Story building is a real struggle for me. As a journalist, most of the stories I write are already made up for me—I just have to find the information. But when it comes to writing novels and other creative pieces, the tale has to come from within me, and, unfortunately, I haven’t been stretching my creative side lately as much as I probably should.
As I continue my NaNoWriMo prep (including working on my creativity), I’ve particularly enjoyed this exercise that a writing teacher of mine had us do in class, recently. If you want practice on creating stories, working quickly, and thinking ahead, this can be a really valuable exercise for you, as well!
It works like this:
- Firstly, you’ll need to assemble a group of people. You can do it with just a few fellow writers or a lot, but I think the most ideal number is 4 per group. You’ll see why!
- Everyone needs a sheet of paper and a pen or pencil—not a laptop. There’s just something about going through the motions of writing it down that changes everything.
- Next, it’s time to craft your story. To start, each person in the group will write an introduction to a story.
- Once you’ve gotten a few sentences in, rotate, sending your paper to the person to your right.
- Each person in the group will then read the story that they’ve received so far, and craft the next part of the story. For this first rotation, you’ll be writing the exposition.
- You should continue writing and rotating until you’ve each written a rising action, climax, and conclusion, as well. (If you have a group of 4, you’ll get to read what was written onto your story, and write the conclusion to it!)
Once you’ve finished, you’re welcome to read the stories to one another, and even edit them if you see potential! Not only is this exercise super fun, but it keeps you constantly thinking, and since you don’t want to hold up the group, you usually write the first idea that pops up into your head. That’s the beauty of it!
Another great thing about this exercise is that you never know where the story is going to go—and that may be true about your NaNoWriMo novel as well! Be prepared for the unexpected, and just roll with it and see where it takes you.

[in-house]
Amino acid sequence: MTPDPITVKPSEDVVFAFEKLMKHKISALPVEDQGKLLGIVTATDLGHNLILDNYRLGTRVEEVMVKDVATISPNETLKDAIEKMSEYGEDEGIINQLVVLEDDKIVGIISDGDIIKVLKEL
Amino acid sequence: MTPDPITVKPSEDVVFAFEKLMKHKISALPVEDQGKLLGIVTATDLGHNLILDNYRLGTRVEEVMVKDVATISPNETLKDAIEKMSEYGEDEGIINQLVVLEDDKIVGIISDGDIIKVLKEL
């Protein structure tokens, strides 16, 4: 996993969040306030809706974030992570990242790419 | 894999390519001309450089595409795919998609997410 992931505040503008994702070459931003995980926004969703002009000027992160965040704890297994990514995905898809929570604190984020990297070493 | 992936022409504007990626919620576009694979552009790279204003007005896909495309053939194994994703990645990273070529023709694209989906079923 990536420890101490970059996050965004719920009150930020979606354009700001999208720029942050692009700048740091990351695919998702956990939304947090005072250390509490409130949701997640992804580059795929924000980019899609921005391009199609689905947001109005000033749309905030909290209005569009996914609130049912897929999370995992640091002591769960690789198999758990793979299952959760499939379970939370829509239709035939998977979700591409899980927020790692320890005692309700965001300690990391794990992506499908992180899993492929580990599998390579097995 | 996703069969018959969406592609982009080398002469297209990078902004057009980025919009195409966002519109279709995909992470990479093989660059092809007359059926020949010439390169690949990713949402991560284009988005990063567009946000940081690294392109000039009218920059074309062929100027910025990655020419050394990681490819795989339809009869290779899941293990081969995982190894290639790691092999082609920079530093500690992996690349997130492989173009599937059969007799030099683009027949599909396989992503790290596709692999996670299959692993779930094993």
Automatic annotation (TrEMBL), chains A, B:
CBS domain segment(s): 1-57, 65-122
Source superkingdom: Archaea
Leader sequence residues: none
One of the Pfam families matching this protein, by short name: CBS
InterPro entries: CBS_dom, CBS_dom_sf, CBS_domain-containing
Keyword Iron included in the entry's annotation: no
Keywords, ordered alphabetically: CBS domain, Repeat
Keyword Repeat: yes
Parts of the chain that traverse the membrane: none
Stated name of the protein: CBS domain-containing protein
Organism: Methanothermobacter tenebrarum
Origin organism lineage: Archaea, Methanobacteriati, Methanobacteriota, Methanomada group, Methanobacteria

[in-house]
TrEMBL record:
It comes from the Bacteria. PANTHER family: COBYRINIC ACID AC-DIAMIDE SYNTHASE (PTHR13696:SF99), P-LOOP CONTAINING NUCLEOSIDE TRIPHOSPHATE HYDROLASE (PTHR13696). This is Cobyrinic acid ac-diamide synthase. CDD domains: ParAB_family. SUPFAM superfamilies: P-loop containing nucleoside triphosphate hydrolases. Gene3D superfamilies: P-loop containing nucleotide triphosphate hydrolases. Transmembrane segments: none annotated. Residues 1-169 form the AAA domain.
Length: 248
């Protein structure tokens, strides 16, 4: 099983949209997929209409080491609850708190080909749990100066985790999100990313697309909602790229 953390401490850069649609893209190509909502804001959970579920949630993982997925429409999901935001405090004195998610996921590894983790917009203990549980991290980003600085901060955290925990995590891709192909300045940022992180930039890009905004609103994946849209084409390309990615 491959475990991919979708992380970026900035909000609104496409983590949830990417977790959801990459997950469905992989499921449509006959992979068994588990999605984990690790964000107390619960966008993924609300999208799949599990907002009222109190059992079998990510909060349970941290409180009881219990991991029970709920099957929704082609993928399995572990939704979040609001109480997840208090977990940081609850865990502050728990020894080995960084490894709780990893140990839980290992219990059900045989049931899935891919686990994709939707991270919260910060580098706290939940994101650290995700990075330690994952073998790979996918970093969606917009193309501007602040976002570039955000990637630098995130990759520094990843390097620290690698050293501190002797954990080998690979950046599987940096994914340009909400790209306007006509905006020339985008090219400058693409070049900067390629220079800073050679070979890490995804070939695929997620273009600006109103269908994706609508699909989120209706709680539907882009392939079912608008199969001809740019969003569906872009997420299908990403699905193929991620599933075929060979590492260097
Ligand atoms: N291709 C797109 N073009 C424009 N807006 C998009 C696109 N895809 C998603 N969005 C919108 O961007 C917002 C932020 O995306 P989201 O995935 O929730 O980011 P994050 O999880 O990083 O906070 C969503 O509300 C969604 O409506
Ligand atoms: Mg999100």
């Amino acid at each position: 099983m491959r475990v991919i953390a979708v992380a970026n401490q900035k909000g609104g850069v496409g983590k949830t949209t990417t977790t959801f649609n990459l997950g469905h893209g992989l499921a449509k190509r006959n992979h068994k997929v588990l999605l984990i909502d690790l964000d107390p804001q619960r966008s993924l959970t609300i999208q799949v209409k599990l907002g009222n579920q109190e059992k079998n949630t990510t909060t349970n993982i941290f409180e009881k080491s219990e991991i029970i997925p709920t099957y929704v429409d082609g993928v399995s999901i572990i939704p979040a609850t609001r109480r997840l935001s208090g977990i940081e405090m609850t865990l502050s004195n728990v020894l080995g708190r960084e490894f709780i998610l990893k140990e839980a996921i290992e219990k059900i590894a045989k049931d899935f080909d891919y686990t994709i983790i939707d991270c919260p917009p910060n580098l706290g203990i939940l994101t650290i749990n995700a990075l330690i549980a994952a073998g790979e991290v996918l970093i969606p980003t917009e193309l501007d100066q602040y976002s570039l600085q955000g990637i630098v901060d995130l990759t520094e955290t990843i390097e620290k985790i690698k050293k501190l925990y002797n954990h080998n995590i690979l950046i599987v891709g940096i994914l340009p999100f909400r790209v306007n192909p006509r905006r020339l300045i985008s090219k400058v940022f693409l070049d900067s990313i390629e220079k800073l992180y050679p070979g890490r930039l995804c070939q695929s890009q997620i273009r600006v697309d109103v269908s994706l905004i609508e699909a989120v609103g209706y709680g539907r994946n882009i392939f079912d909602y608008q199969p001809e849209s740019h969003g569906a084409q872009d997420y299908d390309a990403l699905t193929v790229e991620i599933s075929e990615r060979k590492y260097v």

No need to edit as you go or struggle for words—just write what comes to mind. You can always edit later!
Here’s the un-edited story that I started and my group finished in class. Creative, huh?
(This amazing story includes contributions from Manny Vasquez, Rachel Levy, and Dean Greenwood!)
It was a dark and stormy night. Cuddled in her bed with her new puppy, she turned on a TV movie in hopes of waiting out the storm.
She had always waited storms. Ever since she was young, every time a storm would come, she would get very afraid, but not only was she afraid of storms, she was petrified of the dark. Her fear came from when her older brother told her a story when she was younger about how there was a terrible creature that lives under her bed. Ever since that day, she would try and sleep with a night light, but the power was out.
All of the sudden, her puppy started barking. She let go of the puppy and asked what was wrong when the puppy leaped from the bed and started yapping at below her. She called to her parents but just go the sound of rain pounding on the roof back. Suddenly, she heard a loud crack of lightning, then it went quiet in her room. She called out to the puppy with only a whimper of a reply.
A silence followed, followed by an object darting across the room, followed by a large plopping sound. It was the puppy, thrown violently across the room by some invisible presence. She ran to her beloved puppy; it was alive, barely. She stood by the wall holding the injured creature, but soon felt consumed by a bitter cold, and saw she was surrounded in darkness. She looked to the wall and saw a shadow climbing up the wall, a shapeless black mass, with silhouettes of antlers. “I have been waiting for you, Sarah,” it screeched, pulling her into the wall.
At once, a final pound of thunder filled the room as her parents ran in screaming—but no trace was left of their daughter. Only a blood-stained carpet and a wad of golden hair was left of the girl—the monster under the bed had struck again.
This definitely isn’t something I would have come up with on my own, so it was really cool to see my simple introduction take the shape of this super-creative story! I can’t wait to go back to class next week and hear what everyone else came up with.
Even if you aren’t used to creative writing, get a group of writer friends together to try this! You just might learn a little bit about each other, and you’re sure to have fun in the process. (Then, share your stories with me in the comments!) I can’t wait to see them!